Puffin - a 1937 Hillyard sailing yacht

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  • Yeah this got me too. What a dream!

    Awesome thread! Please keep it up.

  • Not at the mo, inside is currently full of tools and junk. Will take some pics before launch when it’s all sorted

  • Yesterday I took out all the internal ballast and weighed it. 130kg of pig iron and 230kg of lead. The pig iron will be replaced with lead as it is very rusty and was making an awful mess of the bilges and lead will take up less space. Puffin was a bit tender when sailing so I think I need to up the total ballast to about 500kg. Spent 3 hrs hitting lead with a hammer to make it into nice blocks.

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  • Does it have an engine or do you use an outboard?

  • I use an outboard. There was originally an inboard, I think a Stuart turner petrol but now no mounts or shaft tube. I did consider installing an engine but for the price of that I could buy several outboards. It will be a bit of a pain in the canals, an inboard diesel would possibly be more convenient but I’m hoping that in the long term, on the sea, having less engine power will encourage me to become a better sailor. Also considering a set of sweeps or a sculling oar for emergency propulsion.

  • It will be a bit of a pain in the canals, an inboard diesel would possibly be more convenient

    I think there are advantages to the outboard in canals. With a long keel like that, you may be glad of the extra manouverability you get from being able to apply power athwartships. Means you don't need to carry so much speed to get steerage. It'll probably also go better in reverse.

  • Yes definitely more manoeuvrable with the outboard. Was thinking more fuel availability and cost and the need to refuel less with diesel and a tank. I will however have several petrol cans and a Raleigh twenty so can go and buy fuel when I go to get baguettes

  • Today’s job is scraping the old varnish off the main hatch as it was starting to peel. Next I will sand and then 7 coats of epiphanes. 7!!

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  • Following keenly. Can't believe there's not a more cost effective way of providing ballast other than smooshed lead. There must be a fortune sat there.

  • options are still essentially iron or lead; lead is better as it's denser so you need less of it and you can place it lower to achieve an increased righting moment for a given weight of ballast. also doesn't rust which is handy.

    water ballast is a thing but not in for this type of boat.

  • I think the French tried depleted Uranium at one stage but it was soon banned

  • Health and safety gone mad.

  • If i'm reading your posts correctly, you didn't have any sailing experience before going to live on your friends narrowboat?

    did you do any sailing / courses before buying this lovely thing? It's something i'd like to start - but have no idea where !

  • athwartships

    Today's new word, thank you

  • Amazing stuff! Great thread.

  • I have lots of sailing experience - just not as skipper of my own boat. I sailed dinghies as a child, have paddled kayaks since a teenager and used to work as a passenger vessel skipper on the Thames (motor vessels). I started sailing yachts about 10 years ago after going on a school trip (as a teacher) with tall ships youth trust. I then went back as a volunteer and have since sailed around 10000 miles including uk to canaries via biscay and a west to east Atlantic crossing. I’m now a volunteer 1st mate on a challenger 72’ with TSYT. I think the best way to start would be to either go on a comp crew course, join a club or try and persuade someone to take you sailing, to see if you actually like it. The image of sailing is cocktails and hammocks whereas in reality it can be a lot more miserable, sort of like very damp camping with added sleep deprivation if you do long passages. I happen to really enjoy all these things!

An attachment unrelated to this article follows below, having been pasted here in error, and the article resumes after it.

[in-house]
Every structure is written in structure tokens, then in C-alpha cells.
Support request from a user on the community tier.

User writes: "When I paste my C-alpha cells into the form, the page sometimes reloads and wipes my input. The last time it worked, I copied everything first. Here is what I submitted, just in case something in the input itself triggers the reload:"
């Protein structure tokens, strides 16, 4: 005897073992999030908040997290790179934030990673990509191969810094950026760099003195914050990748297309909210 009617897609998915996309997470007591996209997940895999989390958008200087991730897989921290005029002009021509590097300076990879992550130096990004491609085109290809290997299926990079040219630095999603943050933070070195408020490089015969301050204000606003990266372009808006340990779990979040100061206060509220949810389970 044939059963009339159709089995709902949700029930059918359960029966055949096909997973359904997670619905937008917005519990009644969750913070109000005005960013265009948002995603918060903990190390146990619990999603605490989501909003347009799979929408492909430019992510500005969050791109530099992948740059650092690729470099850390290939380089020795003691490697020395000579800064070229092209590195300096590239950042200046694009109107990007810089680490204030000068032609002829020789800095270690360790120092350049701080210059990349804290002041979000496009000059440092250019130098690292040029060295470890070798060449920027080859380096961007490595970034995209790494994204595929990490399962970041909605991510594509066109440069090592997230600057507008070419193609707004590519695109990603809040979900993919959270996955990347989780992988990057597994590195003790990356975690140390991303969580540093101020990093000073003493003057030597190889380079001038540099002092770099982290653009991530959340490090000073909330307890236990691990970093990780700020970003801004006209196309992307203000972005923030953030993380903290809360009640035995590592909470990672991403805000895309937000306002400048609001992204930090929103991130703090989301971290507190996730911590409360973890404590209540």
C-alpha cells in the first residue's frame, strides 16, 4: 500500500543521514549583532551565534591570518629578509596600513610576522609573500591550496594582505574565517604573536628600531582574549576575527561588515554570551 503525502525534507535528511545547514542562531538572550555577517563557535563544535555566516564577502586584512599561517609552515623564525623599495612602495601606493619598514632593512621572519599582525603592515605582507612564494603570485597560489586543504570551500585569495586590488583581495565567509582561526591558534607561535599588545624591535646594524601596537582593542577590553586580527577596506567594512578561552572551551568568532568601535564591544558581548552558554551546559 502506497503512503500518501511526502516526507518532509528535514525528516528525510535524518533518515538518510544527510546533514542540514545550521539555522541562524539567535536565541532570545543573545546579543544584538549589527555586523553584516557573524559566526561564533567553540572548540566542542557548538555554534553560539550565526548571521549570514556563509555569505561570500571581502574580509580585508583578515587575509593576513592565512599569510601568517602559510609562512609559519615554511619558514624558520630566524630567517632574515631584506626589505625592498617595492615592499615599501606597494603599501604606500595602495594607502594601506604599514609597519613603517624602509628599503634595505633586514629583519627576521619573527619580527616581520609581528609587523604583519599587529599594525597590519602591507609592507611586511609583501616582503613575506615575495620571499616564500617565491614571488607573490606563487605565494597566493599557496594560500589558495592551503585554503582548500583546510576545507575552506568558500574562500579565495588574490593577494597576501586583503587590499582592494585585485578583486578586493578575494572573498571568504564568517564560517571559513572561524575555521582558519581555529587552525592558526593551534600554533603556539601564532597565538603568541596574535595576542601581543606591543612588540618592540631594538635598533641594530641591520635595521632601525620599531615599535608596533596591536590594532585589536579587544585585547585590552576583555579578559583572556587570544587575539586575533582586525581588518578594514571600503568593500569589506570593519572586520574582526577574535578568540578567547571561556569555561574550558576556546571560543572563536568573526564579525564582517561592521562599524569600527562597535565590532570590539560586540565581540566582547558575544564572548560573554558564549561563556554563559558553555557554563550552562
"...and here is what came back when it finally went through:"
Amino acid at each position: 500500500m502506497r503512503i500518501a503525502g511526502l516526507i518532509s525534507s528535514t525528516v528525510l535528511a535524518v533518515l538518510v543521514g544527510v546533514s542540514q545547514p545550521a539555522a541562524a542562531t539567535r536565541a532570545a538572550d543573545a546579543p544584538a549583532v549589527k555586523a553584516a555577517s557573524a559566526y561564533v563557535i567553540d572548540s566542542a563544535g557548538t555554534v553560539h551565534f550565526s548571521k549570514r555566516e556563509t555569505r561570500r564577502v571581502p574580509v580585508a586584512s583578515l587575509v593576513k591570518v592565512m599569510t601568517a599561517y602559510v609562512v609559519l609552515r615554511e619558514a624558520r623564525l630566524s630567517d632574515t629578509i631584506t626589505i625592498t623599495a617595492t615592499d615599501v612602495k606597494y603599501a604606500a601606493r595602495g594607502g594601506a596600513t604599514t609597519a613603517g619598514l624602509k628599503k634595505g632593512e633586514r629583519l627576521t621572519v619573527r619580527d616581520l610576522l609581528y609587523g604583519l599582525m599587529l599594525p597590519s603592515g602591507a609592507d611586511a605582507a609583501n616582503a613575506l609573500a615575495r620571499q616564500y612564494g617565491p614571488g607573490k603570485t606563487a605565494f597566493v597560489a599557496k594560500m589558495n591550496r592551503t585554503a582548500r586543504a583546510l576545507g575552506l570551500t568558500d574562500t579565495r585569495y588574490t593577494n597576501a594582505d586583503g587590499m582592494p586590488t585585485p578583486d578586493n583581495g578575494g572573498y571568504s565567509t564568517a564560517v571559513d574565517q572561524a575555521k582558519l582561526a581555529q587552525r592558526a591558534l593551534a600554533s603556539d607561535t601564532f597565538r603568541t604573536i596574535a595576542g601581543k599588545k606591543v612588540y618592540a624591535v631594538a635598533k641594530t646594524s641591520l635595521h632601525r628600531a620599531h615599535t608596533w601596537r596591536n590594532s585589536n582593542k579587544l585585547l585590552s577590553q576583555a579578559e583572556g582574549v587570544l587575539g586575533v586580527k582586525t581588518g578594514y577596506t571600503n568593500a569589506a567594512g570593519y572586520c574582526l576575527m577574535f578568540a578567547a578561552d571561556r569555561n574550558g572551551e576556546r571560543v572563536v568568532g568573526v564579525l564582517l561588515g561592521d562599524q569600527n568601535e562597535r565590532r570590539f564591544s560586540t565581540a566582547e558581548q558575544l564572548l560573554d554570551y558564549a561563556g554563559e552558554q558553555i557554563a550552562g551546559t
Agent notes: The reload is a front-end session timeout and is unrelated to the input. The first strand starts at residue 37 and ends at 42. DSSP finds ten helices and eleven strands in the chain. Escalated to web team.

• Varnishing the main hatch and washboards. 1st coat is 50% thinners

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  • A few cracks had started to appear in the cabin sides. When I scraped them out it seems that they were areas that had been previously filled. Water has crept in and there was a bit of rot. I scraped the rot out and filled with an epoxy fairing compound. Not ideal and not a permanent solution but will do for this season. When the filler has dried, I will sand and paint with semi gloss topcoat.

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  • Hull painted above the waterline, mostly just touching up

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  • Cabin sides sanded and painted. Will do another coat tomorrow

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  • Absolutely lovely stuff. Are you Bristol-based?

    If it's at all useful, we've got our shagged 30ft project cat that's (very slowly) making its way back home to Scotland laid up at Towy Boat Club near Carmarthen till July. If you ever decide you want the boat a bit further down the channel I can't recommend them enough.

    Dirt cheap and a proper nice and not at all snobby (they let us in!) bunch who run it .

  • My new favourite thread for sure. Can't wait to see more.

  • Boat is now in Emsworth, a long way from the Bristol Channel. Would love to sail up to Scotland one day, have previously sailed to Islay, it’s beautiful round there.

  • Top thread

  • 200kg of lead in the bilge

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Puffin - a 1937 Hillyard sailing yacht

Posted by Avatar for T_Unit @T_Unit